Here's a piece for piano built around a tune that has fascinated composers for centuries.
Pianist and composer Marc-Andre Hamelin built his Toccata on "L'Homme Armé" on a French melody that dates back to the Renaissance. (The original song opens with the provocative line whose rough translation is, "The armed man should be feared.") Hamelin played it in the CPR Performance Studio while in Denver to play a Friends of Chamber Music recital.
Hamelin is one of many composers to make use of the tune. Some borrowed the melody for dozens of settings of the Latin Mass. More recent composers like Peter Maxwell Davies and Karl Jenkins have also written pieces around it.
Hamelin's toccata is full of bombastic chords and fast passages. Throughout the piece, the timeless French tune weaves in and out of the chaos and dissonance.
Unusually, 30 different pianists helped premiere the composition. Hamelin wrote it for the Van Cliburn piano competition in 2017, and each of the 30 competitors played the piece.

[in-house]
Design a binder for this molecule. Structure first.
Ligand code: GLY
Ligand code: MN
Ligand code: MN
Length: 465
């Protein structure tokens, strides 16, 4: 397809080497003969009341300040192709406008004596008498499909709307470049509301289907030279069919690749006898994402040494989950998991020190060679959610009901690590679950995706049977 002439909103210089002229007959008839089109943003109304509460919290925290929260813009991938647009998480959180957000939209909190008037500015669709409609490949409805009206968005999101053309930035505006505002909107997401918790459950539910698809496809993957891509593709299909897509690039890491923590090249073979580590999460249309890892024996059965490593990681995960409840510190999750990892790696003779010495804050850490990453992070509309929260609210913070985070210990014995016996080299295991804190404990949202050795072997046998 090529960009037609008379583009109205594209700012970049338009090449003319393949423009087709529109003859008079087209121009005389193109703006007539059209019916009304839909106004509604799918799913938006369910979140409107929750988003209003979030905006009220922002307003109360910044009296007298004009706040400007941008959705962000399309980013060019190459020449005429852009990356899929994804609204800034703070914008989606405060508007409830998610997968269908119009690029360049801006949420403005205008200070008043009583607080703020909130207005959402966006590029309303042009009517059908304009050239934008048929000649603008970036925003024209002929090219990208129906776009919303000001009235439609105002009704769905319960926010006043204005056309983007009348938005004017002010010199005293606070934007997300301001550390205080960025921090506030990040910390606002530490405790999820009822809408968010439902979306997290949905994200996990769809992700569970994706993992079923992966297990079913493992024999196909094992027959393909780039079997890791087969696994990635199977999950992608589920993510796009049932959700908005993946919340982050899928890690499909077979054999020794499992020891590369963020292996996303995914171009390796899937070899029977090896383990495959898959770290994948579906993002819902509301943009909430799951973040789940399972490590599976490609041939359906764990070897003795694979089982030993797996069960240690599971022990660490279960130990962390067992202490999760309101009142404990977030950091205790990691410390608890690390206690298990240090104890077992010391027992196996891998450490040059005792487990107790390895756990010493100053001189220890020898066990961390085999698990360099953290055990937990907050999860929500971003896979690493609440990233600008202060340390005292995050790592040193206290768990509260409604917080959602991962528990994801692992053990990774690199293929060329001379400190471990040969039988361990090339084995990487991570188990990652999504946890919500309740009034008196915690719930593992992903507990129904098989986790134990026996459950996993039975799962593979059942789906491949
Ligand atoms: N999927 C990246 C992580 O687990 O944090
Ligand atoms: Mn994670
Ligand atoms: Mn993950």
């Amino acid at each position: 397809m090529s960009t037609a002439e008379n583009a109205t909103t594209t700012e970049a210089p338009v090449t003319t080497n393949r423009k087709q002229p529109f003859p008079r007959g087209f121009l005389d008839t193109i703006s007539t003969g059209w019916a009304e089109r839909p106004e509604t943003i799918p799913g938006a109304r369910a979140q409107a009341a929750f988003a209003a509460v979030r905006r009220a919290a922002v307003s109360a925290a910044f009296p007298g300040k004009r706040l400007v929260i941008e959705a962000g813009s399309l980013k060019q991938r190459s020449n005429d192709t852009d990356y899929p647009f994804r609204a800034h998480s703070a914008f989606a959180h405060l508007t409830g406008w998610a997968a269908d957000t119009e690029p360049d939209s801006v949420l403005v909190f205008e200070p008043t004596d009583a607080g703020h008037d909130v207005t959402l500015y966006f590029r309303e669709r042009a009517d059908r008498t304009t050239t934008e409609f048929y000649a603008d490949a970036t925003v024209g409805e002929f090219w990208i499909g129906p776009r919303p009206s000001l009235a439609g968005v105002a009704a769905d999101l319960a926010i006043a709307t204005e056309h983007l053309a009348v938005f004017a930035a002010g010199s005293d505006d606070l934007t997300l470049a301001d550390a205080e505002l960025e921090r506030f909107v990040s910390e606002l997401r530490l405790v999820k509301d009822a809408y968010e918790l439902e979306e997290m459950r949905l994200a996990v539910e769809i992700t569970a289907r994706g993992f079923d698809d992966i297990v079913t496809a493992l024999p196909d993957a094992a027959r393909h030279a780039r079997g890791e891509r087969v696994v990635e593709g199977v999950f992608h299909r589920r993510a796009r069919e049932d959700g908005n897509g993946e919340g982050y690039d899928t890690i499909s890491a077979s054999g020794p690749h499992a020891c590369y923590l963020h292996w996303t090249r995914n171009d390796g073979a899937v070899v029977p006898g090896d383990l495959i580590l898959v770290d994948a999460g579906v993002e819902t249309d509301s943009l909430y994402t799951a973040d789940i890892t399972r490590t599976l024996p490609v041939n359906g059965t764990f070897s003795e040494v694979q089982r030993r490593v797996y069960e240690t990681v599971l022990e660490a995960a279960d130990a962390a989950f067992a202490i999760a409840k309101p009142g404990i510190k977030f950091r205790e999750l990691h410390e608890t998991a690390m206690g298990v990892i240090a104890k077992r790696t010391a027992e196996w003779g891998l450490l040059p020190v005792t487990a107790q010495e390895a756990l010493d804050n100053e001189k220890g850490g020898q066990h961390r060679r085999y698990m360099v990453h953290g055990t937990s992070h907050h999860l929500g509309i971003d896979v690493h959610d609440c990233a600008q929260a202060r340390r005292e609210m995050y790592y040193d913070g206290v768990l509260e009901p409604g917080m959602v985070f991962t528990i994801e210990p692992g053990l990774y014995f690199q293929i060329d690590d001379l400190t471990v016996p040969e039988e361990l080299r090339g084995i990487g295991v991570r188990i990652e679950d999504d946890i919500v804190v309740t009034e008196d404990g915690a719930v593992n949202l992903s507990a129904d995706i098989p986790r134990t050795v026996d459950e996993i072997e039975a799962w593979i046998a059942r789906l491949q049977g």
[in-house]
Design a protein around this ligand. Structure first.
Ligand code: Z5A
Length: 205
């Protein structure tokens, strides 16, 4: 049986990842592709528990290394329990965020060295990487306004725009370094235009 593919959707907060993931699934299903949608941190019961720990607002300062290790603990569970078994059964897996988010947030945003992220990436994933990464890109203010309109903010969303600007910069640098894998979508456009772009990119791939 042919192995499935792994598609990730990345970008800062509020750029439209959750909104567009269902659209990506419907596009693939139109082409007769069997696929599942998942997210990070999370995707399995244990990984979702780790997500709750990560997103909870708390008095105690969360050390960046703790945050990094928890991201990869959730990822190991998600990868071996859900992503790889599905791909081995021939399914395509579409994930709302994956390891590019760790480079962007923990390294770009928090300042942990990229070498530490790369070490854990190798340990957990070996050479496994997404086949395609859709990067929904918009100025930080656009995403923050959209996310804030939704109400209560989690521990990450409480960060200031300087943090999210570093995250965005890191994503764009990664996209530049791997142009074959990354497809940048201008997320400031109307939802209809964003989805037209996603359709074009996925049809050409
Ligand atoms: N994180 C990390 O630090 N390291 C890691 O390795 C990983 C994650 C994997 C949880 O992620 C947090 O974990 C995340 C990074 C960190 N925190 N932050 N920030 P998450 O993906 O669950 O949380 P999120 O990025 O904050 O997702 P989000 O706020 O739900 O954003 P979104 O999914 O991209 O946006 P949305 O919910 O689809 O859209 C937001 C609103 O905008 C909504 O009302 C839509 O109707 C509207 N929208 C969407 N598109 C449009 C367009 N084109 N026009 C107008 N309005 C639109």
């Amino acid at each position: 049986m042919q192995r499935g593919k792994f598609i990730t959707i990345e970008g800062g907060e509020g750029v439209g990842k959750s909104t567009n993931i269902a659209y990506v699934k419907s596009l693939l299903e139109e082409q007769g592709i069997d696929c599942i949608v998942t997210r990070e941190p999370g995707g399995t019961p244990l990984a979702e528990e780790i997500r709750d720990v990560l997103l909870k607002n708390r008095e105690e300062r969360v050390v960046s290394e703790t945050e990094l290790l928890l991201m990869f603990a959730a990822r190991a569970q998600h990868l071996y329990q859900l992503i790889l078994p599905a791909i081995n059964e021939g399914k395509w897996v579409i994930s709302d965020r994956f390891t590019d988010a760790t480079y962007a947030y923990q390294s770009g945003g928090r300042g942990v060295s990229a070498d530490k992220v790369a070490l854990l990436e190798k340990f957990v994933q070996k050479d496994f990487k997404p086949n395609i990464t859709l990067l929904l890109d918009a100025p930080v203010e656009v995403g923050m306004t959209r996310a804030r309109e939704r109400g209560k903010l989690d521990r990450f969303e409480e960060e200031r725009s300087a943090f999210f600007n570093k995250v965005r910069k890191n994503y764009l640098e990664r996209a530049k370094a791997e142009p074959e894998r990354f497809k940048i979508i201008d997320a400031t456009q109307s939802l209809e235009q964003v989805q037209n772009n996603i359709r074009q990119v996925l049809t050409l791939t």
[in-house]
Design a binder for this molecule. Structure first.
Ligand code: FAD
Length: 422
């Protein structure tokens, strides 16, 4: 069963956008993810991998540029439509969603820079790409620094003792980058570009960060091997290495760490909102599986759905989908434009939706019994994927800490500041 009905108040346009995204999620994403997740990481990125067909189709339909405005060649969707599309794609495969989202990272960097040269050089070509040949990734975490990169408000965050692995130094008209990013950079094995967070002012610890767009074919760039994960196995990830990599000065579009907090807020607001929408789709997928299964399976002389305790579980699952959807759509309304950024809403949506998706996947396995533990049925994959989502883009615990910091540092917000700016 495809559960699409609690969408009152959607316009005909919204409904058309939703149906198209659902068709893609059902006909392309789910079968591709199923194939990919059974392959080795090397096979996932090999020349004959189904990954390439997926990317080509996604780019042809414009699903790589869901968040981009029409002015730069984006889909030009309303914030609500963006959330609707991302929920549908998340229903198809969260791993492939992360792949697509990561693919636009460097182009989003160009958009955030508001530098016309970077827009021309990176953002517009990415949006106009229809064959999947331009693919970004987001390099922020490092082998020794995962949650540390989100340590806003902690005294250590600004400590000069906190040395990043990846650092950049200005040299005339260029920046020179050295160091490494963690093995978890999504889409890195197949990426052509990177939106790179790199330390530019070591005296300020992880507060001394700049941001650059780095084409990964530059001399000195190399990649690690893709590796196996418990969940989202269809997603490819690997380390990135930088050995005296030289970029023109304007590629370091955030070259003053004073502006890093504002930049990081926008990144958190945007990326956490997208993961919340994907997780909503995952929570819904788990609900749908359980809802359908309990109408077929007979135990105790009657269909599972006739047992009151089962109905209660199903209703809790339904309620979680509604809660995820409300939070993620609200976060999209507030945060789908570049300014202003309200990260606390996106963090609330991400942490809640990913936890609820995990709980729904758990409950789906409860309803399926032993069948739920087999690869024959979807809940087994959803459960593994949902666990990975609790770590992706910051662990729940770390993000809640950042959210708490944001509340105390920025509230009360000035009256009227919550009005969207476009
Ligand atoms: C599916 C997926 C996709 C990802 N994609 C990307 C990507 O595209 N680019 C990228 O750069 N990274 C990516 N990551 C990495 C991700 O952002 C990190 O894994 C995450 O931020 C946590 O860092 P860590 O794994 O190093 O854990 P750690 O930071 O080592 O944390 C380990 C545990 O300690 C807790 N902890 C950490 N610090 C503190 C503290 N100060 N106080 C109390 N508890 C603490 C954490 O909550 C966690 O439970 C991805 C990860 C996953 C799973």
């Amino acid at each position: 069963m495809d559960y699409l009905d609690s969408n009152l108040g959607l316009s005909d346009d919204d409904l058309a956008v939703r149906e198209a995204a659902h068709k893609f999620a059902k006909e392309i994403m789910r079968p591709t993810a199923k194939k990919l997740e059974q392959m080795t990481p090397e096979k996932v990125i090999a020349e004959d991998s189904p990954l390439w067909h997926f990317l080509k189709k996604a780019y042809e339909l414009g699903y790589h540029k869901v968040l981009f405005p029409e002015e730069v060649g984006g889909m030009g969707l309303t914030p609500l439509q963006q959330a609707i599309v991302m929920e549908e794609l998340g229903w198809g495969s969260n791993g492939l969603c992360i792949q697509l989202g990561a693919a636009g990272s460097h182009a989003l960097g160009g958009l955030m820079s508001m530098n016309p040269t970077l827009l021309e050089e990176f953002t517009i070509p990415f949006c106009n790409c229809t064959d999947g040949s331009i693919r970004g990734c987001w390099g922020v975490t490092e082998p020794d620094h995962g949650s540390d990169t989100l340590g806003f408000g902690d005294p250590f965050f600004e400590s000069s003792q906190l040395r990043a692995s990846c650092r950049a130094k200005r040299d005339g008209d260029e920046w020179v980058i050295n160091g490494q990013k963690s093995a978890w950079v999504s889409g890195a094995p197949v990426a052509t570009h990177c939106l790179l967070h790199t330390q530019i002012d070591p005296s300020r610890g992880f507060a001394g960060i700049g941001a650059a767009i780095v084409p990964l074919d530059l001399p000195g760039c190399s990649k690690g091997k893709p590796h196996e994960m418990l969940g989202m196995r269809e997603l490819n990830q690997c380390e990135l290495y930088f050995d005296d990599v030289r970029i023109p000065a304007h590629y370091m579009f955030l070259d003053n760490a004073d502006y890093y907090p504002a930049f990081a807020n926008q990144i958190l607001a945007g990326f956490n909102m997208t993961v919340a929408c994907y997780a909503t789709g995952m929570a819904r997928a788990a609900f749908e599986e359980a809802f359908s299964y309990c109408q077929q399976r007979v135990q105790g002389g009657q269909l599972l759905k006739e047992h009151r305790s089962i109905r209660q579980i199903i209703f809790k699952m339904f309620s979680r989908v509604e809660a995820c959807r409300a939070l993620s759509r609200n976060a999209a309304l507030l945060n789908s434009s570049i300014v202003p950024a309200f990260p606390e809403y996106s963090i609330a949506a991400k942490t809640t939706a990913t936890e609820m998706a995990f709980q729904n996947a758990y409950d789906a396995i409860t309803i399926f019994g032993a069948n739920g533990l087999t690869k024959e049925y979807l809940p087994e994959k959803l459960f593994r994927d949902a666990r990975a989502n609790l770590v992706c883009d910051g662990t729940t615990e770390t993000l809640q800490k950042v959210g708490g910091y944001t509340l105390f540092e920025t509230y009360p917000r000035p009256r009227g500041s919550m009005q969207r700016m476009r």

During his session at CPR, Hamelin also played a touching and nuanced performance of a song by Frederic Chopin, arranged by Franz Liszt. Watch how Hamelin's fingers traverse the keyboard as he navigates the delicate melody.
Speaking of the Van Cliburn competition, watch CPR Performance Studio sessions with the gold, silver and bronze medalists: Yekwon Sunwoo plays Liszt and Tchaikovsky, Kenny Broberg performs Debussy and Schubert, and Daniel Hsu plays Chopin.